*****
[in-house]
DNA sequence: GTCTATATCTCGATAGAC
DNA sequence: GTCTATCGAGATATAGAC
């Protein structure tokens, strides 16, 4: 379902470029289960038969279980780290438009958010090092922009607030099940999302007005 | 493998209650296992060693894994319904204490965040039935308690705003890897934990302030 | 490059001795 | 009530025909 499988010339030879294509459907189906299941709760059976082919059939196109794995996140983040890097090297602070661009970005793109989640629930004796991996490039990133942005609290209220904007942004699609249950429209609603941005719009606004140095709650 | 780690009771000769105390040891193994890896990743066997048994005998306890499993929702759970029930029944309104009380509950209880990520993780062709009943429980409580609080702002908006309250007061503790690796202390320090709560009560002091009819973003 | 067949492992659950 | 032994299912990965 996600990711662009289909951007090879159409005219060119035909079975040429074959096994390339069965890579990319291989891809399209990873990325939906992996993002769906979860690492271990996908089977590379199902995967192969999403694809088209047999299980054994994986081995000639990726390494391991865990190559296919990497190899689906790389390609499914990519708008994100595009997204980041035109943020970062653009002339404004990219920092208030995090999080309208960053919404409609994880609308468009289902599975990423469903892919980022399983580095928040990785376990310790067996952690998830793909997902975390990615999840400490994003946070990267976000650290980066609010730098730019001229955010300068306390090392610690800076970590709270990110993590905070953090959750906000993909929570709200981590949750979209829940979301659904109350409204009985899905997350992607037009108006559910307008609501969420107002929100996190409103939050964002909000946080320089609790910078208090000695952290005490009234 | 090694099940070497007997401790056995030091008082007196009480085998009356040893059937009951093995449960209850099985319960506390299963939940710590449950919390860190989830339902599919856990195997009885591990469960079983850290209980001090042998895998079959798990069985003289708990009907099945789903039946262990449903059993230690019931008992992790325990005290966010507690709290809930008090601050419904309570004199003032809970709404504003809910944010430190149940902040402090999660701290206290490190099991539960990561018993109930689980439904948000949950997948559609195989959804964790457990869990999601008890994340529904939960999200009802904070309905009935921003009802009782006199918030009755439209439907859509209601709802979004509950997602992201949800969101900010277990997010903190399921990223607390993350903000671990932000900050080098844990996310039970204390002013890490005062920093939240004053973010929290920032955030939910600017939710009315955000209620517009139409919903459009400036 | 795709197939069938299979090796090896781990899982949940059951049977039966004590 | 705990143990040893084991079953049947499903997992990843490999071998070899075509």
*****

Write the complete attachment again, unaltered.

[in-house]
DNA sequence: GTCTATATCTCGATAGAC
DNA sequence: GTCTATCGAGATATAGAC
């Protein structure tokens, strides 16, 4: 379902470029289960038969279980780290438009958010090092922009607030099940999302007005 | 493998209650296992060693894994319904204490965040039935308690705003890897934990302030 | 490059001795 | 009530025909 499988010339030879294509459907189906299941709760059976082919059939196109794995996140983040890097090297602070661009970005793109989640629930004796991996490039990133942005609290209220904007942004699609249950429209609603941005719009606004140095709650 | 780690009771000769105390040891193994890896990743066997048994005998306890499993929702759970029930029944309104009380509950209880990520993780062709009943429980409580609080702002908006309250007061503790690796202390320090709560009560002091009819973003 | 067949492992659950 | 032994299912990965 996600990711662009289909951007090879159409005219060119035909079975040429074959096994390339069965890579990319291989891809399209990873990325939906992996993002769906979860690492271990996908089977590379199902995967192969999403694809088209047999299980054994994986081995000639990726390494391991865990190559296919990497190899689906790389390609499914990519708008994100595009997204980041035109943020970062653009002339404004990219920092208030995090999080309208960053919404409609994880609308468009289902599975990423469903892919980022399983580095928040990785376990310790067996952690998830793909997902975390990615999840400490994003946070990267976000650290980066609010730098730019001229955010300068306390090392610690800076970590709270990110993590905070953090959750906000993909929570709200981590949750979209829940979301659904109350409204009985899905997350992607037009108006559910307008609501969420107002929100996190409103939050964002909000946080320089609790910078208090000695952290005490009234 | 090694099940070497007997401790056995030091008082007196009480085998009356040893059937009951093995449960209850099985319960506390299963939940710590449950919390860190989830339902599919856990195997009885591990469960079983850290209980001090042998895998079959798990069985003289708990009907099945789903039946262990449903059993230690019931008992992790325990005290966010507690709290809930008090601050419904309570004199003032809970709404504003809910944010430190149940902040402090999660701290206290490190099991539960990561018993109930689980439904948000949950997948559609195989959804964790457990869990999601008890994340529904939960999200009802904070309905009935921003009802009782006199918030009755439209439907859509209601709802979004509950997602992201949800969101900010277990997010903190399921990223607390993350903000671990932000900050080098844990996310039970204390002013890490005062920093939240004053973010929290920032955030939910600017939710009315955000209620517009139409919903459009400036 | 795709197939069938299979090796090896781990899982949940059951049977039966004590 | 705990143990040893084991079953049947499903997992990843490999071998070899075509």